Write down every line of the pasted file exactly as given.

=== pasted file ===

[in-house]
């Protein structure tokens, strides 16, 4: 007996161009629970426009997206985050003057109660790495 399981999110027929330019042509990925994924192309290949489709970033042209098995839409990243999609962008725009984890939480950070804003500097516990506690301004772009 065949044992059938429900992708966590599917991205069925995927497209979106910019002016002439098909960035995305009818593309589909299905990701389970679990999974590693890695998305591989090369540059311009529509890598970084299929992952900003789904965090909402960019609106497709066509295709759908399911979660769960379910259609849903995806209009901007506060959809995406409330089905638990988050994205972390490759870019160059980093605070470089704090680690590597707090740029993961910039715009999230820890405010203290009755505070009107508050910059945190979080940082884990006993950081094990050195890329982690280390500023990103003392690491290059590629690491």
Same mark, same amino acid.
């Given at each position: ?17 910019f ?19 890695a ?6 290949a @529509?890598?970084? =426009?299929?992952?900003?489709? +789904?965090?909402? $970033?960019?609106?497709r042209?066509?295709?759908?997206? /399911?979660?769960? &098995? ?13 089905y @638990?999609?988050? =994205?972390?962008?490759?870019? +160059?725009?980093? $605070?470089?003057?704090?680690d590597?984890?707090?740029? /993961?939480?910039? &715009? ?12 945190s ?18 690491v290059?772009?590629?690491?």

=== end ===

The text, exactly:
[in-house]
């Protein structure tokens, strides 16, 4: 007996161009629970426009997206985050003057109660790495 399981999110027929330019042509990925994924192309290949489709970033042209098995839409990243999609962008725009984890939480950070804003500097516990506690301004772009 065949044992059938429900992708966590599917991205069925995927497209979106910019002016002439098909960035995305009818593309589909299905990701389970679990999974590693890695998305591989090369540059311009529509890598970084299929992952900003789904965090909402960019609106497709066509295709759908399911979660769960379910259609849903995806209009901007506060959809995406409330089905638990988050994205972390490759870019160059980093605070470089704090680690590597707090740029993961910039715009999230820890405010203290009755505070009107508050910059945190979080940082884990006993950081094990050195890329982690280390500023990103003392690491290059590629690491």
Same mark, same amino acid.
């Given at each position: ?17 910019f ?19 890695a ?6 290949a @529509?890598?970084? =426009?299929?992952?900003?489709? +789904?965090?909402? $970033?960019?609106?497709r042209?066509?295709?759908?997206? /399911?979660?769960? &098995? ?13 089905y @638990?999609?988050? =994205?972390?962008?490759?870019? +160059?725009?980093? $605070?470089?003057?704090?680690d590597?984890?707090?740029? /993961?939480?910039? &715009? ?12 945190s ?18 690491v290059?772009?590629?690491?």